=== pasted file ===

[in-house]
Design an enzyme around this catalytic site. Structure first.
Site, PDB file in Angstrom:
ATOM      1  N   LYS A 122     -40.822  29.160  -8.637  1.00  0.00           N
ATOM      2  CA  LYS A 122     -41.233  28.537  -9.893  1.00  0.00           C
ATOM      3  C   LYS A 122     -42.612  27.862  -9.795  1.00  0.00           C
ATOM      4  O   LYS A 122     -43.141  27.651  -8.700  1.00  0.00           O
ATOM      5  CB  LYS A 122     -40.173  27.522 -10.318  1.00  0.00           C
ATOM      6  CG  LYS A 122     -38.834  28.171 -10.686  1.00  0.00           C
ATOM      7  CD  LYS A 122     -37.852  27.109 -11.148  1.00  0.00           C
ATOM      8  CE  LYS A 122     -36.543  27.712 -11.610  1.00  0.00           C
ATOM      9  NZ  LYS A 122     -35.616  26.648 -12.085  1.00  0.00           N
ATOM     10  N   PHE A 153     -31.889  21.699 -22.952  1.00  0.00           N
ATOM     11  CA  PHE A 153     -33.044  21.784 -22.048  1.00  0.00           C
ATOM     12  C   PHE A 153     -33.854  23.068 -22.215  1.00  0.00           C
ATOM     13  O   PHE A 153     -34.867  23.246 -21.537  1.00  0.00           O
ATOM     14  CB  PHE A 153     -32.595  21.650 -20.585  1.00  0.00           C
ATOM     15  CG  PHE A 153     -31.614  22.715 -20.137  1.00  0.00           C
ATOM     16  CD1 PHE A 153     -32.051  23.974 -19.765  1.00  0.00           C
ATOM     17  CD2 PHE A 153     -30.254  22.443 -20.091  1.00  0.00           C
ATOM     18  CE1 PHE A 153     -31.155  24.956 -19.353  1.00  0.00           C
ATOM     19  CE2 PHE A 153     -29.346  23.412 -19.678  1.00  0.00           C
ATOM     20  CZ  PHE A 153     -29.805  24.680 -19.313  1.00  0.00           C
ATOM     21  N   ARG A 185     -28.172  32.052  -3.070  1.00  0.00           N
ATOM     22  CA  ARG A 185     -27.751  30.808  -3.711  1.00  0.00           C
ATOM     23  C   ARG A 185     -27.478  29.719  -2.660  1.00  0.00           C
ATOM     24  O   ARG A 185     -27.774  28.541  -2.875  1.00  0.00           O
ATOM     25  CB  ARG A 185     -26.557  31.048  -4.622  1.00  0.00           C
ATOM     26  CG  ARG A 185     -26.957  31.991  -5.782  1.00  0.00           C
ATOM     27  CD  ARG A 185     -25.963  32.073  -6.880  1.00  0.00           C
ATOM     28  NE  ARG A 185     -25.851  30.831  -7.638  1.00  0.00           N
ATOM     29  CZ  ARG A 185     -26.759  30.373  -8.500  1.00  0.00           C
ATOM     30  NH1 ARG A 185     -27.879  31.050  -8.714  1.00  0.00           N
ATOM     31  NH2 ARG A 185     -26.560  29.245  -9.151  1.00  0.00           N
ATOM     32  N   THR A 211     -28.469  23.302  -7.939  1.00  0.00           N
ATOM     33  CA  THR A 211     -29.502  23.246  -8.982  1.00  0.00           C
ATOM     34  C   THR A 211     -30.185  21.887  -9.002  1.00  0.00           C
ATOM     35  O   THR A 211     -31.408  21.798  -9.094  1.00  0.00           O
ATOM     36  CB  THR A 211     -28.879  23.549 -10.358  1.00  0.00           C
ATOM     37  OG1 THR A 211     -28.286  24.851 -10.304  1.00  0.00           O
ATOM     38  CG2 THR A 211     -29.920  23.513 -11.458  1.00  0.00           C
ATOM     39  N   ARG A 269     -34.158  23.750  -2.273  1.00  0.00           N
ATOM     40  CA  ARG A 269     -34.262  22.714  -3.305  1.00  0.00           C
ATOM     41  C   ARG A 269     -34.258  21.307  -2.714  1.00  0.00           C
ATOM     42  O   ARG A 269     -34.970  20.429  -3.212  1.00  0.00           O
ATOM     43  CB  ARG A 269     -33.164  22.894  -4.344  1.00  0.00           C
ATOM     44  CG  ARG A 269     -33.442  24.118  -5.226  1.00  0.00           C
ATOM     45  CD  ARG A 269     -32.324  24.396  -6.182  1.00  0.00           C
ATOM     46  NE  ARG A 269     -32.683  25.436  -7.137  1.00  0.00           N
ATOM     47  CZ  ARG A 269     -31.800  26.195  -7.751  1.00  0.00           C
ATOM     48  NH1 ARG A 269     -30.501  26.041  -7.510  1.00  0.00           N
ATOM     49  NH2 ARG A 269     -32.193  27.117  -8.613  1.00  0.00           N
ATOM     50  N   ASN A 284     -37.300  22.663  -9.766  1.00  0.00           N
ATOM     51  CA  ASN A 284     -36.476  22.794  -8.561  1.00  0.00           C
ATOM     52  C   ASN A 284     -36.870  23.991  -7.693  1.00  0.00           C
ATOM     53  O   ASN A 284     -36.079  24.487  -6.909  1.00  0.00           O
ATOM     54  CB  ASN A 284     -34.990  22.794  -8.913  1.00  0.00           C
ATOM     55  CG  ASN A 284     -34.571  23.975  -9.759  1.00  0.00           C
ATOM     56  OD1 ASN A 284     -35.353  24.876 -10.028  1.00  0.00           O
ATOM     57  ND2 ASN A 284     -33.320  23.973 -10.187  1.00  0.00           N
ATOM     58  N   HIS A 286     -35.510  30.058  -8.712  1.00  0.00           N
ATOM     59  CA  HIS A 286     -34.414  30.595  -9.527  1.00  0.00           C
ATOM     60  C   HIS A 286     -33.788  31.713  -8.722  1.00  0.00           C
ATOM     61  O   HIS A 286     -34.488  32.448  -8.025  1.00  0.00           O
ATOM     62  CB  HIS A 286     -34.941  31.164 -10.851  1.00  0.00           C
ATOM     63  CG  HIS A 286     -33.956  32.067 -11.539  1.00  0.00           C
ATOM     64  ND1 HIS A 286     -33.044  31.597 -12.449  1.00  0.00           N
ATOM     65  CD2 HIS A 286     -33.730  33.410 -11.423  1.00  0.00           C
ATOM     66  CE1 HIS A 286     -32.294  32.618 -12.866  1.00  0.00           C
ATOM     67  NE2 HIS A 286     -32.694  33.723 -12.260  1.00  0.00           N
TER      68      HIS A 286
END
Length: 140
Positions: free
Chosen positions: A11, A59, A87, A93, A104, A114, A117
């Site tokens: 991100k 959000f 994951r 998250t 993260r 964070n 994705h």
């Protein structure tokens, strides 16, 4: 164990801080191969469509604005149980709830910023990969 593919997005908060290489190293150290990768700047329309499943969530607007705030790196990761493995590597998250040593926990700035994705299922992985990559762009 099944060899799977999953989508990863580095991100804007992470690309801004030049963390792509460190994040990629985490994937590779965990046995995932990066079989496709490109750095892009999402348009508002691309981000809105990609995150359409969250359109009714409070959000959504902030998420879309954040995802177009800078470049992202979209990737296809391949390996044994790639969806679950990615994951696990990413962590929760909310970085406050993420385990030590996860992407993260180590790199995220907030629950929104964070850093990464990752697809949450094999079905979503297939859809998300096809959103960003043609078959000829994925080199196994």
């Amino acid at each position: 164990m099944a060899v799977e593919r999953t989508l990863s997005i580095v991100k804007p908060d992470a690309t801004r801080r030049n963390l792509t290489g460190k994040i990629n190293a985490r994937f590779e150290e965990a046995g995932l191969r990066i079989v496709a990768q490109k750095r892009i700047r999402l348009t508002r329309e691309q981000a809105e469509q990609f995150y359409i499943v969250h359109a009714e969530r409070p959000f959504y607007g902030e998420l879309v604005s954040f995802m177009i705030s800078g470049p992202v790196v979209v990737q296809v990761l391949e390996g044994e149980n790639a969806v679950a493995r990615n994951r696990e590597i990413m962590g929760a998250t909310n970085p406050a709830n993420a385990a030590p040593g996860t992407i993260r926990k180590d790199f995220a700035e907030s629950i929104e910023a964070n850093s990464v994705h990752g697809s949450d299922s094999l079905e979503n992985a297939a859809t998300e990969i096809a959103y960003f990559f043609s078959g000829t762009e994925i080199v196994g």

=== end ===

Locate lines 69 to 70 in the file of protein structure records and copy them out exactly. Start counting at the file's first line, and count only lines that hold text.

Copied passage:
ATOM     66  CE1 HIS A 286     -32.294  32.618 -12.866  1.00  0.00           C
ATOM     67  NE2 HIS A 286     -32.694  33.723 -12.260  1.00  0.00           N